Portsoy is a very pretty little village which sits between the neighbouring villages of Cullen and Whitehills (both of which I visited on day 13 of my original lighthouse tour). While it shares some similarities with the two, Portsoy seems to have its own little charm. The small, white lamp room of the lighthouse sits on top of a private building. It’s possible to get views of the structure from a range of angles though thanks to the cosy little harbour. A beautiful, artistic metal dolphin sits across the other side of the harbour, which adds to the picturesque scene.
I wasn’t necessarily looking forward to our final stop for the day, Peterhead. My main memory of it last time was my stay at the campsite and the creepy old men who were also staying there when they only lived a few miles along the road. This time though we were searching the more built-up harbour area for a couple of, what I thought would be, less obvious lighthouses. We were just about to enter the pier that reaches out to the north of the harbour, heading towards the lighthouse near its end when we spotted a lighthouse just at the side of the road. Unlike many of the others we’d seen that day, this looked like a “proper” lighthouse with the stone base and lamp room integrated. After stopping for pictures we continued along the pier and through the various fishing-related buildings to where we were expecting a lighthouse to be. There was, it turned out, nothing to be seen there (apart from a view across to the second lighthouse) and further research has explained the relocation of the north harbour lighthouse. In April 2015 an application was submitted to Aberdeenshire Council to make alterations to the harbour at Peterhead, including the dismantling and re-erection of the lighthouse to its new location. The application states that: “It was proposed the lighthouse would have the masonry moved on a block by block basis after each block had been marked and recorded for position and then erected in the new location.” The application then goes on to say that the lighthouse had already been removed by the point the application was submitted without authorisation. It is noted in the document that the new/proposed location of the lighthouse would make it more accessible for the public, which it certainly is. I would have been quite happy to not have had to go searching around the numerous fishy buildings there and seen fish guts being dumped!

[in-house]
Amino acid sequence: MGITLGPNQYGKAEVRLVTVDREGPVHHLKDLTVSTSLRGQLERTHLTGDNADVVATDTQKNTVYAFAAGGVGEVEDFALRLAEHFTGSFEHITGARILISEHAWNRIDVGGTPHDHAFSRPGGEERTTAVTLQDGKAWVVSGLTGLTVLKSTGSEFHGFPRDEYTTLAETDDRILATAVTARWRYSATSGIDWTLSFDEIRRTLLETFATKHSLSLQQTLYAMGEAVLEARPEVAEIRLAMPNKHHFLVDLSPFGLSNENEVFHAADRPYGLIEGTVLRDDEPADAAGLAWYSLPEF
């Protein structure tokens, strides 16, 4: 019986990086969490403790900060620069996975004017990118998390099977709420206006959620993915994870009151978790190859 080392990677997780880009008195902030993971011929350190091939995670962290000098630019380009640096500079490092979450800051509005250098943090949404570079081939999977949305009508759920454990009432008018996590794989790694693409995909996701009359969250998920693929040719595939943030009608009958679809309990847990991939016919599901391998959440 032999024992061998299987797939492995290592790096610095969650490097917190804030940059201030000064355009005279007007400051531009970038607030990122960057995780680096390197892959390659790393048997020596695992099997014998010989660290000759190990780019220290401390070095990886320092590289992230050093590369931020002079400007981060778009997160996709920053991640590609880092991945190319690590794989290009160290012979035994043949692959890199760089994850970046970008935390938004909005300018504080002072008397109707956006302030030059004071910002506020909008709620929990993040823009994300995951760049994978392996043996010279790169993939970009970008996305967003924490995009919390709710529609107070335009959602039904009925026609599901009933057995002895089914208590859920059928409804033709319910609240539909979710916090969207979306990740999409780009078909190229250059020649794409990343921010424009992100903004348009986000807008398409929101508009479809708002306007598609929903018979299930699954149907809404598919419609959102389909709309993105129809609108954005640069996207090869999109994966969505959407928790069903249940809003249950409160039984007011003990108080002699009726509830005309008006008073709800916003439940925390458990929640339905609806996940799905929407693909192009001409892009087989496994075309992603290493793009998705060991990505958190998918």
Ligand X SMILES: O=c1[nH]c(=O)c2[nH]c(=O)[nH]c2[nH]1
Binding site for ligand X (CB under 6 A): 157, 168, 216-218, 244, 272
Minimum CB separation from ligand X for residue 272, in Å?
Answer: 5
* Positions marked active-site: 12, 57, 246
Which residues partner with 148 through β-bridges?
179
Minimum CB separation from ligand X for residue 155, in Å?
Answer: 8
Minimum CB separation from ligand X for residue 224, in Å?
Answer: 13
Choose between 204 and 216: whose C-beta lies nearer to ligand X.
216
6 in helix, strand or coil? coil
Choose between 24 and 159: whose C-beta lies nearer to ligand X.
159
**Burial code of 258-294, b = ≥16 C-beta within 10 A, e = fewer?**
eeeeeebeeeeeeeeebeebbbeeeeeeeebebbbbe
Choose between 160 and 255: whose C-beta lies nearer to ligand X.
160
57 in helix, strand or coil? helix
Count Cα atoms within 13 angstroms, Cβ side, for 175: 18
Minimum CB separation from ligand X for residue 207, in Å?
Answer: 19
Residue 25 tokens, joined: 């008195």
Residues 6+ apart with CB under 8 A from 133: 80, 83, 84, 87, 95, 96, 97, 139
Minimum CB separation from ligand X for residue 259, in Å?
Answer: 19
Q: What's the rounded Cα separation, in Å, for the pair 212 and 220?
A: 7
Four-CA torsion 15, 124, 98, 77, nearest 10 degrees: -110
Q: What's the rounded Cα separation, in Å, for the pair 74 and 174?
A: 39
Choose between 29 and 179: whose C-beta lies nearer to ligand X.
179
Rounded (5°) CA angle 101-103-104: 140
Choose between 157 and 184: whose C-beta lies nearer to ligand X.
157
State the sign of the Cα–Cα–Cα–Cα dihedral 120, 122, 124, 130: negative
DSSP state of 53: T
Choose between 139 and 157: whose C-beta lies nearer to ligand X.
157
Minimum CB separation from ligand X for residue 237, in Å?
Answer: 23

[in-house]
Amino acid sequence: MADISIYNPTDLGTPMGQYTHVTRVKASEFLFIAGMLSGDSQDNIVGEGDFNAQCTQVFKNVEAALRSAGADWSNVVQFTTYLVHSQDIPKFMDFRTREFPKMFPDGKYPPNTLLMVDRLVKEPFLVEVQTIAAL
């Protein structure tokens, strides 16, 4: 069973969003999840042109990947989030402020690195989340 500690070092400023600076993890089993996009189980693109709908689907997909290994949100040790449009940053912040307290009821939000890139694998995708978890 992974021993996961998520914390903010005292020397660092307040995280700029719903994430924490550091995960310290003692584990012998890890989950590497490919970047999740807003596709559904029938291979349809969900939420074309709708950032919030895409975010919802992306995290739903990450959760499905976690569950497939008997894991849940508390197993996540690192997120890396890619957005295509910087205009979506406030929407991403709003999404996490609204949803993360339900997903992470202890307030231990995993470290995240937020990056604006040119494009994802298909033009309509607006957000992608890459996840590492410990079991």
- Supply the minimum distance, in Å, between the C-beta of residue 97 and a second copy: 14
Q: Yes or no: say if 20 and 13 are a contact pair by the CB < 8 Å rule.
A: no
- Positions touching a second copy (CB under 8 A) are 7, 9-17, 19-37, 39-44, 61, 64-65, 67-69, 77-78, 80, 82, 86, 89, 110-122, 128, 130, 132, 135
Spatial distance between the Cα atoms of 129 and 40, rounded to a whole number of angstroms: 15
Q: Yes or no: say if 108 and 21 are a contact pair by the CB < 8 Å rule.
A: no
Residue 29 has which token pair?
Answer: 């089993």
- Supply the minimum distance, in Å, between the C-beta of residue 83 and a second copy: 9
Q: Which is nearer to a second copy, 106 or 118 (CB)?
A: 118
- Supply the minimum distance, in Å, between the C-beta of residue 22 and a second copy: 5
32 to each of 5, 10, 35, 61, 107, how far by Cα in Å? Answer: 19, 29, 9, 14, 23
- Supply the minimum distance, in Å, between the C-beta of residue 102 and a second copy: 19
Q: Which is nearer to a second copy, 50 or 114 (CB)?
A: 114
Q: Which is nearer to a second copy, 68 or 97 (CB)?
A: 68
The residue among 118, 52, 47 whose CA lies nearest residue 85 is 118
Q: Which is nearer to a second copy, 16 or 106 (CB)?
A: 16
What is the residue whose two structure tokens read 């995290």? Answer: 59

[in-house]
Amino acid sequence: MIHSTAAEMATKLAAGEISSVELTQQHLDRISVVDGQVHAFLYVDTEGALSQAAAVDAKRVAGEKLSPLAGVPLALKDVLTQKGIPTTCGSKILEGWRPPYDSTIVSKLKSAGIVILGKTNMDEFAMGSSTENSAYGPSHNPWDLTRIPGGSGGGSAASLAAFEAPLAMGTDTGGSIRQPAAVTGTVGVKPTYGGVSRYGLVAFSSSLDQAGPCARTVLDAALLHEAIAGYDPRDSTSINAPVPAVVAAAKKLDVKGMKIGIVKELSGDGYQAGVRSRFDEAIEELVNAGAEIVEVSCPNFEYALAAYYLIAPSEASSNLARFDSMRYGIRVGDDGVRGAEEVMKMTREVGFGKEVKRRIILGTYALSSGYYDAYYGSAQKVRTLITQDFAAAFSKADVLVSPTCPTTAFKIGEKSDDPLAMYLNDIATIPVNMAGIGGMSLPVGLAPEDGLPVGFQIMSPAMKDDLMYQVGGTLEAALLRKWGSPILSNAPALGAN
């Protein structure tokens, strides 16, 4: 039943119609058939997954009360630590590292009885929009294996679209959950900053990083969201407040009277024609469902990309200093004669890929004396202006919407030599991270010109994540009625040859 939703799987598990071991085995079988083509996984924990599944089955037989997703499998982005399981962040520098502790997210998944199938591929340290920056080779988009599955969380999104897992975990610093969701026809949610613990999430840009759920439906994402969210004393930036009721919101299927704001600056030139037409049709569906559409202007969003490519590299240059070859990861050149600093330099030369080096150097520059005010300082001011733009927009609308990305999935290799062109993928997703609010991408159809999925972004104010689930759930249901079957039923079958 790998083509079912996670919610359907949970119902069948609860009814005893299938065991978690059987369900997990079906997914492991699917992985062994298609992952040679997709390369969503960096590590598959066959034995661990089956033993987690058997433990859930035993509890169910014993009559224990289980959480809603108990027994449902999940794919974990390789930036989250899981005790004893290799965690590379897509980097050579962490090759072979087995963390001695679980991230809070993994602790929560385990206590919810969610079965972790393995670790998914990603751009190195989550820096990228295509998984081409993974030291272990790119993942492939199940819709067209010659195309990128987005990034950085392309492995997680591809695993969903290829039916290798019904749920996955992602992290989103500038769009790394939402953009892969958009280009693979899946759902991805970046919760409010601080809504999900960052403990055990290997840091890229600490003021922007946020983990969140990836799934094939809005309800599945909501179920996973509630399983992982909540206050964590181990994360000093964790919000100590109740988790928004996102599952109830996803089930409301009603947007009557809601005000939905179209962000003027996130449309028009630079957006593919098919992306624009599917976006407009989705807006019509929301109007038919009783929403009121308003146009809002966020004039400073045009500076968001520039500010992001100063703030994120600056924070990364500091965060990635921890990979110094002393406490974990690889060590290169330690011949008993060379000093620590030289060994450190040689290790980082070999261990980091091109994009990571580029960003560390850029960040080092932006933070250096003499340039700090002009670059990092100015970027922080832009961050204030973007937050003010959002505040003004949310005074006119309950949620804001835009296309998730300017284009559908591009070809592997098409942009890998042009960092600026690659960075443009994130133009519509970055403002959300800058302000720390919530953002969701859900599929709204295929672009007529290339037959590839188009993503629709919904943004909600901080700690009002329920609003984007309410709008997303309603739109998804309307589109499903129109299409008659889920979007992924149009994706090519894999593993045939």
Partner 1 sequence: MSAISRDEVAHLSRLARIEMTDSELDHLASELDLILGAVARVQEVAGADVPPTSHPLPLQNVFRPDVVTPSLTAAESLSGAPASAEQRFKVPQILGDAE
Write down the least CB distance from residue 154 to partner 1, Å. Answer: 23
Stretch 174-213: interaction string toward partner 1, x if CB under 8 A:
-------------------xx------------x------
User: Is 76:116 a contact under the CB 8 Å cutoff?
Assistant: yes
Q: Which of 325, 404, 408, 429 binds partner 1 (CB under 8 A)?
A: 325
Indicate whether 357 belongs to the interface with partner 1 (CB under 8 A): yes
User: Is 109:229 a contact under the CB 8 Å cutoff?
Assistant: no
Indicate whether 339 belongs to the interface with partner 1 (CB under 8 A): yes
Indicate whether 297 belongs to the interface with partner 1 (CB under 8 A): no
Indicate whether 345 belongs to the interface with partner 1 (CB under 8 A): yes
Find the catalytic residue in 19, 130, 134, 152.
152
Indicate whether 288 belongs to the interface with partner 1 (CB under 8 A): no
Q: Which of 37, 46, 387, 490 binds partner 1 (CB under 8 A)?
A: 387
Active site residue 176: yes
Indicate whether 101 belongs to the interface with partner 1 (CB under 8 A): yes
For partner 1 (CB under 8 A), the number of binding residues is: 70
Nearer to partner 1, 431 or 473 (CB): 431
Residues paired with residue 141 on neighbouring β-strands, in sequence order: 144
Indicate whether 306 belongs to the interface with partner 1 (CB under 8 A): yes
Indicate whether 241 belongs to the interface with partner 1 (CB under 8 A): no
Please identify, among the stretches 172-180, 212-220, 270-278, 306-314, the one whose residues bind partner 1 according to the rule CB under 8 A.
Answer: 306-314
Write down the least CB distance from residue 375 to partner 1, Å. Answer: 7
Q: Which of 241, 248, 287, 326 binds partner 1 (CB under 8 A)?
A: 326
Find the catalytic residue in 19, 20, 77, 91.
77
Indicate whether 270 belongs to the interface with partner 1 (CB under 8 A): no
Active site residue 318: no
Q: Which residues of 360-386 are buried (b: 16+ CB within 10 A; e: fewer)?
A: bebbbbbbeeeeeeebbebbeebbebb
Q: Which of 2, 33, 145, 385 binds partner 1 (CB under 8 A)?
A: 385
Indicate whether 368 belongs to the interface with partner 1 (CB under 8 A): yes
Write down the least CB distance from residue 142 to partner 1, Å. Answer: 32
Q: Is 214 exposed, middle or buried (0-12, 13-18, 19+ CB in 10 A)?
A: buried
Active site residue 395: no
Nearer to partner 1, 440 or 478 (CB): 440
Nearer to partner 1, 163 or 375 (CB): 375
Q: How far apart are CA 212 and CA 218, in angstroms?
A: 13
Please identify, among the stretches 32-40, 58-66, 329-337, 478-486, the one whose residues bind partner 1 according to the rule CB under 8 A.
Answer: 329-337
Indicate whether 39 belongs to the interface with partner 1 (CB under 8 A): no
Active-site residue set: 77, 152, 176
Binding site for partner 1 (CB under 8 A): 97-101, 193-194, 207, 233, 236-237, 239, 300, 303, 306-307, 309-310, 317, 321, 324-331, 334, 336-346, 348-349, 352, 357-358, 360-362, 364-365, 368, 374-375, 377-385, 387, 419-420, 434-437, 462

The second lighthouse in Peterhead harbour was much easier to find, being located just in front of the Peterhead Port Authority building. It’s basically the twin of the relocated structure, but isn’t looking quite as rejuvenated as it’s partner (presumably they gave the north harbour lighthouse a bit of a clean when the moved it!)
Our weekend of bagging new lighthouse continued, but more on that in the next post. 🙂